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S&P 500 Index at Key Level

|Includes: DIA, IWM, QQQ, SPDR S&P 500 Trust ETF (SPY), SPY, VXX, VXZ
We've ended up yet again at the 105 level on the (NYSEARCA:SPY) S&P 500 Index etf, equivalent to 1,050 (SPX).  This is now the fourth time we've tested this level on the Daily chart -- see the first chart below.  Interesting that this was the exact bottom we reached on the "flash crash" day in early-May.  Also, take a look at the Fibonacci Retracement we've overlaid on this chart, which tracks the late-April high to the late-May lows.  Where did the upside rally fail?  Right around the 50% retracement (red horizontal line) of 113.25.  50% retracements of rallies, in addition to being a Fibonacci level, are also a common area of reversal that we've seen time and again in our years of chart analysis.  There is also a logical basis -- when a stock or index is in an underlying trend, a 50% retracement of that trend is a likely area for the bigger trend to re-emerge.

So now we've come down to test the bottom of this range yet again, where do we go from here?

SPY Daily Chart

Well, I've maintained for some time that we basically need to eventually test the round psychological SPX 1,000 (SPY 100) level on the downside, in order to give some finality to the downmove.  That is certainly a logical outcome to a breakdown below the current lows.  The 1,000 area is also important on the bigger picture weekly chart -- 1,014 SPX is an important Fibonacci area on the retracement of the longer-term downtrend in place since 2007.  I've mentioned previously that I anticipate a test of SPY 100 by the end of this calendar year.  Is it more imminent, going to occur in a week or a month?  That's not certain at this time.  We have seen in general more negativity rising and the drumbeat of bad economic and debt news from all over the world continues almost every day ... and don't forget the oil spill.  However, we haven't seen a clear VIX panic spike and/or Put/Call Ratio spike that would indicate a true panic bottom is here.

Also, 105 (and 100 to 110 as a range) is an important strike price in the SPY options, one that may actually draw us to this level and constrain us from big further downside until after July Expiration.  Take a look at the table below of SPY July option open interest.

SPY July Option Open Interest

What we see above is that there a massive amount of open interest has built up in the 110 to 100 July SPY Puts.  This is one of the reasons we have been drawn back down to this area.  And the 105 strike is the biggest of them all, with 368k Put open interest (and 50k Call).  This is why I mentioned to our Index Option Timer subscribers before this recent move lower that we are somewhat drawn to this strike.  The August open interest has not yet built up to levels anywhere approaching this, so when the July options expire on the 17th, it may free up the markets for a quick move down or up.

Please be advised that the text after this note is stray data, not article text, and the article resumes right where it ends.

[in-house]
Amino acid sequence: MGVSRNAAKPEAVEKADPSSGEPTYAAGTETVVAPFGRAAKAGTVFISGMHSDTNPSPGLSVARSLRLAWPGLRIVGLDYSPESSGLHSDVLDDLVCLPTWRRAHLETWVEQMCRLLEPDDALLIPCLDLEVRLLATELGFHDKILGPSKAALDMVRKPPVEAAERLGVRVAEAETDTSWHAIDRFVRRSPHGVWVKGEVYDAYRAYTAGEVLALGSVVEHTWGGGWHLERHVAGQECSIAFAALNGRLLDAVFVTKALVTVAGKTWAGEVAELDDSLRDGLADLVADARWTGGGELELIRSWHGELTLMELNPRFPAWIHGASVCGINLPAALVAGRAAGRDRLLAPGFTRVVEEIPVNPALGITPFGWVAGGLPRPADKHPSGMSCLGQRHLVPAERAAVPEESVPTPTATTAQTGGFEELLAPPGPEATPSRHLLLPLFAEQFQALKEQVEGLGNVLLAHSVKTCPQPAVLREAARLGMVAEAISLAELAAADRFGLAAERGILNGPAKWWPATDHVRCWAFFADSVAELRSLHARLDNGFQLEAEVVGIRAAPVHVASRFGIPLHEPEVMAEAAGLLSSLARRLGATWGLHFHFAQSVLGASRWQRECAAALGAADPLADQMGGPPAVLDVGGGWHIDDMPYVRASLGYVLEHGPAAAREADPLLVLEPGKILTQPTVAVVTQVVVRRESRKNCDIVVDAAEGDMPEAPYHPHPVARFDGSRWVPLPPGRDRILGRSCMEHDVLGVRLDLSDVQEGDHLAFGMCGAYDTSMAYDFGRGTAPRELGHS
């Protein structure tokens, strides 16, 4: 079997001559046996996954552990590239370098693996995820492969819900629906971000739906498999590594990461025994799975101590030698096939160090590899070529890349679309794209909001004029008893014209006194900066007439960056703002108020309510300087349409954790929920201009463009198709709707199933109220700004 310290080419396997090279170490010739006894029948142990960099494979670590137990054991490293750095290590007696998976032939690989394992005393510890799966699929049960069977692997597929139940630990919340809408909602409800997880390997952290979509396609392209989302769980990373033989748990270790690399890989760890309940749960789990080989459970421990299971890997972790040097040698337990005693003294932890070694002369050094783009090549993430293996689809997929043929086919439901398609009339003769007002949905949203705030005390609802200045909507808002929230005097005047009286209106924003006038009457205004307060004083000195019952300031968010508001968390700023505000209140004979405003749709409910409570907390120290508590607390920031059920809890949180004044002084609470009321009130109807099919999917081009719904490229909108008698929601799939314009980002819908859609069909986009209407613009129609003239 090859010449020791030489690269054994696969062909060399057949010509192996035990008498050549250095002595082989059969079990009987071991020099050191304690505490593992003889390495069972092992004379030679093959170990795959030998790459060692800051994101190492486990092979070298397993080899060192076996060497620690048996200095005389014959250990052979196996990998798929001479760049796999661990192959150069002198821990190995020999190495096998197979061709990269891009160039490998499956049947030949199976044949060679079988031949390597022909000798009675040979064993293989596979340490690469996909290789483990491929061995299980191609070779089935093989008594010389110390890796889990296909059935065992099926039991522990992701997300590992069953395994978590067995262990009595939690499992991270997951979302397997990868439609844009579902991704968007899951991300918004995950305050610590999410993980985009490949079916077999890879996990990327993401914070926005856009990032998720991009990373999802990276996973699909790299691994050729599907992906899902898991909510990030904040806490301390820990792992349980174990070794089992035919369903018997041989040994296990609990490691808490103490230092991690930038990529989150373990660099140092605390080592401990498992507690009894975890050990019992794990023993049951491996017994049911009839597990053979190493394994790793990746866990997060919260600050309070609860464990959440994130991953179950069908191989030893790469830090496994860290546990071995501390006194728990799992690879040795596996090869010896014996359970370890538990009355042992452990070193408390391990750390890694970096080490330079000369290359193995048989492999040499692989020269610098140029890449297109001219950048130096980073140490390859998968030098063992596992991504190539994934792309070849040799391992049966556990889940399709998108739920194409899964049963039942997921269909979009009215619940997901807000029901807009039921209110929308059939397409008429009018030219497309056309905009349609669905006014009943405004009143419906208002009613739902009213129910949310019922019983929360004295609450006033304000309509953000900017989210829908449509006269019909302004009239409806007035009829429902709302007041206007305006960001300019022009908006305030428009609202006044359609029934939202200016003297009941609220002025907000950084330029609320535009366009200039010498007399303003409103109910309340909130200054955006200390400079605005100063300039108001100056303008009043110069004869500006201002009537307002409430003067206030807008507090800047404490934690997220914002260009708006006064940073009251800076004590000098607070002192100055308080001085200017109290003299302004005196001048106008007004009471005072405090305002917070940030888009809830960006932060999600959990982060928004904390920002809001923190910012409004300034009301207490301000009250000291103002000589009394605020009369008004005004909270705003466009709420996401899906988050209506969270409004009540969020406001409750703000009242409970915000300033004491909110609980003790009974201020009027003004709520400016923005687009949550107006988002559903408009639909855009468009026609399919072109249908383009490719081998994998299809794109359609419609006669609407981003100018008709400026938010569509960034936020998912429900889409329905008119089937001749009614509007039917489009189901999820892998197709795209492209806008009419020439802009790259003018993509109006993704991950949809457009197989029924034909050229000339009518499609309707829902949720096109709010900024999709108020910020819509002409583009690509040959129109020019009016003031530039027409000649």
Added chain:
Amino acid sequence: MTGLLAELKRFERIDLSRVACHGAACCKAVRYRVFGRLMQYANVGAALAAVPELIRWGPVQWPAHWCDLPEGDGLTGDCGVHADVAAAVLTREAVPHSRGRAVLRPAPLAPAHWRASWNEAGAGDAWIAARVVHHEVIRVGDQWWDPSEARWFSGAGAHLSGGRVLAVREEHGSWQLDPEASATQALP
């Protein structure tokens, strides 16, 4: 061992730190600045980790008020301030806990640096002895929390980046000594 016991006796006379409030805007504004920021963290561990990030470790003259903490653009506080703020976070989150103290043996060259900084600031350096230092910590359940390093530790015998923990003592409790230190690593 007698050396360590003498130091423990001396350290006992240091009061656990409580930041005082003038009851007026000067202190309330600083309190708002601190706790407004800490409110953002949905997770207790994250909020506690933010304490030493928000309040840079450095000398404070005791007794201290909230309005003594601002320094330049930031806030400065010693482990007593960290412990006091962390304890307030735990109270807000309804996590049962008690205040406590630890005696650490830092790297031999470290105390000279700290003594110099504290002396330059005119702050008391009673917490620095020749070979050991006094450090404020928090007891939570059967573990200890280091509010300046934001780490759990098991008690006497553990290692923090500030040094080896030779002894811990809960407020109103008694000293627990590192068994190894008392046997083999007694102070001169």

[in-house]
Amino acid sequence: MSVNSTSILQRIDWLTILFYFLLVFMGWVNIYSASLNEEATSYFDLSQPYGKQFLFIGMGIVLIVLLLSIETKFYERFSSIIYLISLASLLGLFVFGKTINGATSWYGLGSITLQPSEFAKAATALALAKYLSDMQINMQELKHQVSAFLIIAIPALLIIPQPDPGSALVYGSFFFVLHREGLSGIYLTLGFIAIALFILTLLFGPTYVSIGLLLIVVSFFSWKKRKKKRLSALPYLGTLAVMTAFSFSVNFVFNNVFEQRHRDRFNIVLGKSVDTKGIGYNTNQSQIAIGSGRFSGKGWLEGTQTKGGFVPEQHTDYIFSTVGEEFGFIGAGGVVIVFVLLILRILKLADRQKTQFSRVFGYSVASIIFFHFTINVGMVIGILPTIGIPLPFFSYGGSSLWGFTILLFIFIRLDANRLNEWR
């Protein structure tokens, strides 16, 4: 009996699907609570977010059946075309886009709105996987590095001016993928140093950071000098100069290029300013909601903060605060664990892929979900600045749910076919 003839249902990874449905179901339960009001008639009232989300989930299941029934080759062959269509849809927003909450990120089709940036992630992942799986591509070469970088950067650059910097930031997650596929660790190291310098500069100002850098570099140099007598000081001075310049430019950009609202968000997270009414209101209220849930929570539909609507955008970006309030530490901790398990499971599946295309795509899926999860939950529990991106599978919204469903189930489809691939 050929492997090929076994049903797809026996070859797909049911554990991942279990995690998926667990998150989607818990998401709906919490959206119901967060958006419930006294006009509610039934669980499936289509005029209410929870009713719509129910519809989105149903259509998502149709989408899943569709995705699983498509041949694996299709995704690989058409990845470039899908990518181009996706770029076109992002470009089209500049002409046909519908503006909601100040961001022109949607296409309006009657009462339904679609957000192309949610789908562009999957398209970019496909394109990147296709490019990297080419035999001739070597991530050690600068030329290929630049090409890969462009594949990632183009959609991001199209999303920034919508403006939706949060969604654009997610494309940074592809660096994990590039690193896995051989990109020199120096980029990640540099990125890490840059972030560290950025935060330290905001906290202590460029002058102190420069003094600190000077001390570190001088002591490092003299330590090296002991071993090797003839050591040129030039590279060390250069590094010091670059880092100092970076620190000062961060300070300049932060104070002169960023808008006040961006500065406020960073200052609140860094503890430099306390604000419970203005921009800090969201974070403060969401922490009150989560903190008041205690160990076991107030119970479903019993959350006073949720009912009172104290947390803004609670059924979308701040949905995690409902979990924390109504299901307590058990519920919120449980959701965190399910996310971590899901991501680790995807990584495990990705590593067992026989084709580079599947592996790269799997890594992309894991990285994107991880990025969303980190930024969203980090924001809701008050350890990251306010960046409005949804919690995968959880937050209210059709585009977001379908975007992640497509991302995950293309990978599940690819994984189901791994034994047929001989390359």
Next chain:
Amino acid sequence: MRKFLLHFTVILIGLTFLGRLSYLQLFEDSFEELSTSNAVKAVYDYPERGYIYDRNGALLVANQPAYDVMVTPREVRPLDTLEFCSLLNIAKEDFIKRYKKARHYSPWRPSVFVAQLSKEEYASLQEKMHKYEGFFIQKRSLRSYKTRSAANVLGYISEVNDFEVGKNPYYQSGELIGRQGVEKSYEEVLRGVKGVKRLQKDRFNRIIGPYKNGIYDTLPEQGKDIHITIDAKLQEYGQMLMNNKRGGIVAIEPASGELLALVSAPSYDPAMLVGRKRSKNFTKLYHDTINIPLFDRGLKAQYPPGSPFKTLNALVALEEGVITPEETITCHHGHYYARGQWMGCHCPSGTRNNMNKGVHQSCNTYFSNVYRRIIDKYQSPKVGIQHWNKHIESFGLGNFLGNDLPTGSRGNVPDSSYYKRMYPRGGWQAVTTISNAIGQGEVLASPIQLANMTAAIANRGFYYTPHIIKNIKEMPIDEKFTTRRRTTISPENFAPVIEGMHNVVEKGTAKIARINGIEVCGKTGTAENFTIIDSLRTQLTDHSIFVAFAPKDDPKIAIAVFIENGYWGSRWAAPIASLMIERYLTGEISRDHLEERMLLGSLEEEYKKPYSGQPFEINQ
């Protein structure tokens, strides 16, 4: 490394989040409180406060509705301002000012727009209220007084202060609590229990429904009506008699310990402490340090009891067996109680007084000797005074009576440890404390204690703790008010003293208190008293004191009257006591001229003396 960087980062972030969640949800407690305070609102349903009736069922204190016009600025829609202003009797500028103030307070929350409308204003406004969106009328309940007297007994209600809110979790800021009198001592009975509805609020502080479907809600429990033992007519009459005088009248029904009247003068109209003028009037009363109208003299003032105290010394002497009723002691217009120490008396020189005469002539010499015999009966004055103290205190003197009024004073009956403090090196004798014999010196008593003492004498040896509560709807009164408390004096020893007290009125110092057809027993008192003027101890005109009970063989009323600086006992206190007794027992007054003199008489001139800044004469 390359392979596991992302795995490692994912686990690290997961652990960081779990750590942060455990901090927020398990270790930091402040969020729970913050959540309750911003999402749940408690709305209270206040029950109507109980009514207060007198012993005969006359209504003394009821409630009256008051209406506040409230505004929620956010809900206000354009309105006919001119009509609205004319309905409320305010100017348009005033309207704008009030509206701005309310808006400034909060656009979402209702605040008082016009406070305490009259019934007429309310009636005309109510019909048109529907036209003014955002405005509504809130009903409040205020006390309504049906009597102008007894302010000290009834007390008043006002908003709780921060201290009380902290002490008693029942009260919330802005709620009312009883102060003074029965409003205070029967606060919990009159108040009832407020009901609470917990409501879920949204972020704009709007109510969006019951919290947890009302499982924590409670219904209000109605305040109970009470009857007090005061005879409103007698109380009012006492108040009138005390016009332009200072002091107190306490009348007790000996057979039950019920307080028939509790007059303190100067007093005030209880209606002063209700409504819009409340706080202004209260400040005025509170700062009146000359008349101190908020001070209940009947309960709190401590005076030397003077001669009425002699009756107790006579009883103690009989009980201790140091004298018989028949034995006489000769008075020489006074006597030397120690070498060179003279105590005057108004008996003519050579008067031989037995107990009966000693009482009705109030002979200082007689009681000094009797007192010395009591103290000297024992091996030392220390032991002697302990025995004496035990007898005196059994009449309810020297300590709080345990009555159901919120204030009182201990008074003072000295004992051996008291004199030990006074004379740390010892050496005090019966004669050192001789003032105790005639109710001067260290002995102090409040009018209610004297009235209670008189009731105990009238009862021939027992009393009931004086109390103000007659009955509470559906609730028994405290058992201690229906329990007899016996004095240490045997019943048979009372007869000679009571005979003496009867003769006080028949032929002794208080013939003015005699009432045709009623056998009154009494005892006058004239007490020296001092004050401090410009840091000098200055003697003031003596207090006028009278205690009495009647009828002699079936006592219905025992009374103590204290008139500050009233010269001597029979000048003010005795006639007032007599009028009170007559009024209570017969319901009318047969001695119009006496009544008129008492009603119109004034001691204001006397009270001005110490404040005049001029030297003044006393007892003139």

There are psychological, technical and market maker reasons why we move to and sometimes get stuck around a key strike price and technical level.  Big, round numbers (such as 105 SPY, 100 SPY, 10k DJIA, etc) are the ones that are most watched by traders, the media and the general investing public.  So they oftentimes become somewhat of a self-fulfilling prophecy -- if enough people are talking about a key level above or below the market, we become more and more likely to test that level eventually.

The market maker/open interest factor is not a pure "manipulation" as many think.  It's more due to actual financial numbers and hedging.  This large amount of 368k Put open interest at the July 105 strike is made up for the most part of Puts that were sold to the public by the option market makers.  Remember that the public is overwhelmingly option buyers, not sellers.  So the floor traders are "short" them -- and short the time premium they've sold at the 105 strike.  They do benefit from the SPY moving back to this level as time decay kicks in -- and notice how many times we've done so.  Market makers who have sold the Puts are likely also short the SPY against it -- and when we come down back into the 100/110 range of the large open interest they are looking to buy back the Puts they've sold in order to reduce risk exposure.  They also buy back the SPY underlying which does in effect provide some buying pressure on the market.  There also is the factor of delta hedging, gamma changes and standard deviation moves that can draw us around certain levels.  It's a bit complicated, but the net effect is that we are often drawn to large open interest strike prices.

Another quick note -- look at where the SPY July 105 Straddle is priced today with the SPY a bit under 105 -- it's basically right around $5 (28 implied volaltility).  So what range is this priced for the SPY July expiration?  100 and 110 are the downside and upside breakeven levels, anywhere in the middle is a loss ... if you think we can tank to 90 SPY or rally to 113.25 this may be a bit cheap.  But it shows the expectation of what the range will be.

Anyway, we've had multiple bearish signals over the past 2 months and had short-term Put recommendations from our systemized trading systems in Index Options Timer.  This move back down to the 105 area is not a surprise to me.  Now from here, if we do have a big panic selloff to SPX 1000, or even the 900 area (881.35 is a further big downside level on the weekly Fibonacci retracement), that should mark the bottom of the downside potential.

Disclosure: No positions.